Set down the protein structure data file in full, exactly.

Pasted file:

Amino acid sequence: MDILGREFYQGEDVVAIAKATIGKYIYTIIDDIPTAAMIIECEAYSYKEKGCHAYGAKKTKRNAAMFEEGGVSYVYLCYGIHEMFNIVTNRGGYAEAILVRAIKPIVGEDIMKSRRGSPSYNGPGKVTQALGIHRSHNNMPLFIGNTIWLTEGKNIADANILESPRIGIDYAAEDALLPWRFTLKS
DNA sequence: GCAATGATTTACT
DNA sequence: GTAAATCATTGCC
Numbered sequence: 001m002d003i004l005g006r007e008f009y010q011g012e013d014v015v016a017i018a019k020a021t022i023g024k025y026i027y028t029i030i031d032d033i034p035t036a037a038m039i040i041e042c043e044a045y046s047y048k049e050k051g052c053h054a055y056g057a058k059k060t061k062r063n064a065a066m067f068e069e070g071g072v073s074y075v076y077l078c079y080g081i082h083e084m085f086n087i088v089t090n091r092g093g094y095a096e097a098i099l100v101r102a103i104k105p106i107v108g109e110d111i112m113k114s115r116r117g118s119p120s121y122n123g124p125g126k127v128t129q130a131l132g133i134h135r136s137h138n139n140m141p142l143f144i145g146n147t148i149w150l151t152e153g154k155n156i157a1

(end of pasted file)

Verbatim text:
Amino acid sequence: MDILGREFYQGEDVVAIAKATIGKYIYTIIDDIPTAAMIIECEAYSYKEKGCHAYGAKKTKRNAAMFEEGGVSYVYLCYGIHEMFNIVTNRGGYAEAILVRAIKPIVGEDIMKSRRGSPSYNGPGKVTQALGIHRSHNNMPLFIGNTIWLTEGKNIADANILESPRIGIDYAAEDALLPWRFTLKS
DNA sequence: GCAATGATTTACT
DNA sequence: GTAAATCATTGCC
Numbered sequence: 001m002d003i004l005g006r007e008f009y010q011g012e013d014v015v016a017i018a019k020a021t022i023g024k025y026i027y028t029i030i031d032d033i034p035t036a037a038m039i040i041e042c043e044a045y046s047y048k049e050k051g052c053h054a055y056g057a058k059k060t061k062r063n064a065a066m067f068e069e070g071g072v073s074y075v076y077l078c079y080g081i082h083e084m085f086n087i088v089t090n091r092g093g094y095a096e097a098i099l100v101r102a103i104k105p106i107v108g109e110d111i112m113k114s115r116r117g118s119p120s121y122n123g124p125g126k127v128t129q130a131l132g133i134h135r136s137h138n139n140m141p142l143f144i145g146n147t148i149w150l151t152e153g154k155n156i157a1